ment that the University may
adopt another school's non-aca-
demic conduct code ("President
considers options on code," 9/15/
95) is completely at odds with the
professed beliefs of the work
group and Vice President Hart-
ford. At the open forum on Sept.
13, both Hartford and the work
group explained that the code
being drafted will include a dec-
laration of community values de-
signed to emphasize the unique
nature ofthe University of Michi-
gan community.
Federal and state requirements
for a code say nothing about a
value declaration. The only rea-
son provided by the work group
or by Hartford for including a
value declaration in the code is
that we should not let our com-
munity be defined by outsiders.
I fail to see how adopting
Harvard's code, even as an in-
terim measure, could be consis-
tent with this goal. A policy writ-
ten for another school cannot rep-
resent the unique values of the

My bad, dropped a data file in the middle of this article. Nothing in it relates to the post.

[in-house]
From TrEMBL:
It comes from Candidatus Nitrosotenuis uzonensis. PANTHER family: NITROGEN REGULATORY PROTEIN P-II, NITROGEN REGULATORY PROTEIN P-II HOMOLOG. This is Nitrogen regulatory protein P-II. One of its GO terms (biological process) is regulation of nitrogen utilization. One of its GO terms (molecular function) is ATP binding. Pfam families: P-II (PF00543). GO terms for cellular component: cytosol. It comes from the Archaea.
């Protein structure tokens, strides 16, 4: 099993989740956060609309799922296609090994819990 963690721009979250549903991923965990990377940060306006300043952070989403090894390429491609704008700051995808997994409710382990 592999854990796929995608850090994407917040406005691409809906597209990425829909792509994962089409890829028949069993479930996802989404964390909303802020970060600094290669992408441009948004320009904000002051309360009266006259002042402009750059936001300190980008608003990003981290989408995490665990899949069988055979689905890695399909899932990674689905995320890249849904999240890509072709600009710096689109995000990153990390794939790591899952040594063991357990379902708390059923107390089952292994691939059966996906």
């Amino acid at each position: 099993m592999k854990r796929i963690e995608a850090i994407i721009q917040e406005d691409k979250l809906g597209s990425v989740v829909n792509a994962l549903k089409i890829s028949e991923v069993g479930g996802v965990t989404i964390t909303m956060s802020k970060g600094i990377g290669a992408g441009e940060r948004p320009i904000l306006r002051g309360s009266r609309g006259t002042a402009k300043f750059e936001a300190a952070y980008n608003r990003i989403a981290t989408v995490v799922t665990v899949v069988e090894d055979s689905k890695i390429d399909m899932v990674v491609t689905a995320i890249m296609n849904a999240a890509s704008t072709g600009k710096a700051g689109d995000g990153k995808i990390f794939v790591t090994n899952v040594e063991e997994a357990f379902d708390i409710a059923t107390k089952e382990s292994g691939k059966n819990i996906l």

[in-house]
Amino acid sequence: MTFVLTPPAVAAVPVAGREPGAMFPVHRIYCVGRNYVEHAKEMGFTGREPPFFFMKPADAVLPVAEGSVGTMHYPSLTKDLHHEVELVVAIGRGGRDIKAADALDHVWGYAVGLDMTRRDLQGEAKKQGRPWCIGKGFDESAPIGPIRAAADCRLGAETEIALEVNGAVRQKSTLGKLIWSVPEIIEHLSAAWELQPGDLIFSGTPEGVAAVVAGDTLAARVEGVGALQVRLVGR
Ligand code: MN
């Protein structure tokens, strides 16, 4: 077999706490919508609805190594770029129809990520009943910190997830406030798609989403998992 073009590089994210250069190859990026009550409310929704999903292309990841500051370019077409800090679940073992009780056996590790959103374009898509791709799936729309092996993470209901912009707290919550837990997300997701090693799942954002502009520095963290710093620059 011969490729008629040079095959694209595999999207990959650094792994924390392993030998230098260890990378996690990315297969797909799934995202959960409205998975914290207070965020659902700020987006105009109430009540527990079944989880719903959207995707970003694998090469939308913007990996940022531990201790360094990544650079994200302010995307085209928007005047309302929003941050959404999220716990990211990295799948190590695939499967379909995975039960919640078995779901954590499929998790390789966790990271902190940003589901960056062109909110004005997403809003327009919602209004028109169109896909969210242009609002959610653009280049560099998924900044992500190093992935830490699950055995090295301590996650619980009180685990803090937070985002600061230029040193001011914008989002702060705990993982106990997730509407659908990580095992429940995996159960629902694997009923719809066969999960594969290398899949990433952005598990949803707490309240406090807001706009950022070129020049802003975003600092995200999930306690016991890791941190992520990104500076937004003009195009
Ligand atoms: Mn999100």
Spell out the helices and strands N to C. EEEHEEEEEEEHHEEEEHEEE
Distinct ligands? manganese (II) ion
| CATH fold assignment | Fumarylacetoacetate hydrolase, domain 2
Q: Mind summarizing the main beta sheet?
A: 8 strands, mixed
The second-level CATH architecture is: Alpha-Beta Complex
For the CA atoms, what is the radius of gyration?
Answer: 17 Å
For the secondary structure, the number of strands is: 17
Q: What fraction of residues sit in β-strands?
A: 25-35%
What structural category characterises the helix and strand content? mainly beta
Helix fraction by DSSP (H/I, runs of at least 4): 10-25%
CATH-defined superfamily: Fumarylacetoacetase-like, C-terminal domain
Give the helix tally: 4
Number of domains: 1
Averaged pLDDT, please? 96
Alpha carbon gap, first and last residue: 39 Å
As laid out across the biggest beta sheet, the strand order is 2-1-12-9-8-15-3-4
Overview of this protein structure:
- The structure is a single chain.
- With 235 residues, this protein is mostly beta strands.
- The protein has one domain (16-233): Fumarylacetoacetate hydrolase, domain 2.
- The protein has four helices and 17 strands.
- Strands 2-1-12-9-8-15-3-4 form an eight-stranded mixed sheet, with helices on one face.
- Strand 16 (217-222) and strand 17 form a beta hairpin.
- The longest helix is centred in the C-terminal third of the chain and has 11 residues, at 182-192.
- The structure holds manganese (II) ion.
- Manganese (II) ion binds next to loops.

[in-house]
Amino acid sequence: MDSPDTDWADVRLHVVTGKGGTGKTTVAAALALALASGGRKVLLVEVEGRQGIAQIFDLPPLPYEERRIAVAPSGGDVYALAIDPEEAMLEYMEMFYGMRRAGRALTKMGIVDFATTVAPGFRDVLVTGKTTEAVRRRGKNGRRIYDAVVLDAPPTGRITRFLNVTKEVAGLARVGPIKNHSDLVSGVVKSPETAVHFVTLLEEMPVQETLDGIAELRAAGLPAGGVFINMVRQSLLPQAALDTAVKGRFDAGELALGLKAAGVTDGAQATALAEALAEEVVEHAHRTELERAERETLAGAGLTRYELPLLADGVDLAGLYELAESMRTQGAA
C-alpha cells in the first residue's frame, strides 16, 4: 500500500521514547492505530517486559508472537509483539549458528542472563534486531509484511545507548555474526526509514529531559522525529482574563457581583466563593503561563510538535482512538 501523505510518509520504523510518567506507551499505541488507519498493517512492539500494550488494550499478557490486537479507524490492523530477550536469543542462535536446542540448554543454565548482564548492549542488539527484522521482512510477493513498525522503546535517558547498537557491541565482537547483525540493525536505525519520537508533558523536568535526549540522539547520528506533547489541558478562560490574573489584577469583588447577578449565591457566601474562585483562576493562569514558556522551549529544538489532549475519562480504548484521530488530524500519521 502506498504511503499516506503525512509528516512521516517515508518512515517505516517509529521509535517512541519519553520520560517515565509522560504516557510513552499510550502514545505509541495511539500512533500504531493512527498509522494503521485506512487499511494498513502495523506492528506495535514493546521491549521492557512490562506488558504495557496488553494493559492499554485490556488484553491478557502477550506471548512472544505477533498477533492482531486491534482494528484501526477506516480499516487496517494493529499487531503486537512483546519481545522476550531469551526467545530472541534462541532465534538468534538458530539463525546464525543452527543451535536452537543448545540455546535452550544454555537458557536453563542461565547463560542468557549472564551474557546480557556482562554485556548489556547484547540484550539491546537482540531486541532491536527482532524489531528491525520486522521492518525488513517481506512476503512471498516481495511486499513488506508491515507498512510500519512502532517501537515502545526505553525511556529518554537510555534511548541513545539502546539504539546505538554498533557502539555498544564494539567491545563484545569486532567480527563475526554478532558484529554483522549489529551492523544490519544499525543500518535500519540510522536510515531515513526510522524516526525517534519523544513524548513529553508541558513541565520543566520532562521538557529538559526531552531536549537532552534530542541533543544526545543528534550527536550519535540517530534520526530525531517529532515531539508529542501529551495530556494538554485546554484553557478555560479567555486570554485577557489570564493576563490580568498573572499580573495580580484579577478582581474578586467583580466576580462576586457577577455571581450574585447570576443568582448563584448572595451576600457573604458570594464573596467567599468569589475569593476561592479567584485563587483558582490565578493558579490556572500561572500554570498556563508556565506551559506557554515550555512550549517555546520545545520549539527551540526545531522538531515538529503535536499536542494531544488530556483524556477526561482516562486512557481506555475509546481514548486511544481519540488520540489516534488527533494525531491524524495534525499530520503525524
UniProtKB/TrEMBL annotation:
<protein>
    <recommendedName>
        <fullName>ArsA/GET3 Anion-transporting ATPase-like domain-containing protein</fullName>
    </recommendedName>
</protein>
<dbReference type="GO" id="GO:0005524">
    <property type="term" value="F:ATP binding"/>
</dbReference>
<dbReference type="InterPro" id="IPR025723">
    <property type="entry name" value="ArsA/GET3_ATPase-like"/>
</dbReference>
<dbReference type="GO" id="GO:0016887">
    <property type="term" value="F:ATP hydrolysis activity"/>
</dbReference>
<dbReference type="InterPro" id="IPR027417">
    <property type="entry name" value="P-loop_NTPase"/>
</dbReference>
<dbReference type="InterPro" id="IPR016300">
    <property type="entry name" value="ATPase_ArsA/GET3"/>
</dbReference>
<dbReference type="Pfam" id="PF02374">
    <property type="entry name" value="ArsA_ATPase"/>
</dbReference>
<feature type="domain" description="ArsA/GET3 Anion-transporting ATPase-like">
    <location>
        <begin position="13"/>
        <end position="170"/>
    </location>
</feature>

University of Michigan commu-
nity. If another school's code is
acceptable to the University ad-
ministration, perhaps the value
declaration is nt a itmportant as

Cho's column
picture of
MSA budget
To the Dally:
In his Sept. 18 column, "MSA
audit uncovers some surprisesin-
student money," James Cho raises
some interesting questions. How-
ever, the addition of a few facts
should help to provide a more
thorough picture-of what MSA
does, and how it spends your
First, it is important to re-
member that the mandatory fee
paid to MSA through your tuition
is decided democratically.
Through ballot questions at MSA
elections, students decide
electorally how much money
MSA deserves; MSA cannot re-
ceive more money than students
Second, not only has MSA
fee-inflation been nearly non-ex
istent, a number of years have
actually seen a decrease in our
student fee. Today, MSA's fee
remains at a paltry $2.94. Not
many students drop out of school
over those three dollars.
In addition, if Cho had talked
to more than one MSA represen-
tative, he would have learned that
the $0.36 per student that pays for
representation for University stu-
dents in Lansing, by no means
extravagant to begin with, has
been zeroed out in our proposed
1995-96 budget.
Instead, the crux ofthe money
is slated to be given to student
groups in many ways, the civic
and intellectual epicenter of this
University in the form of a
$17,000 increase.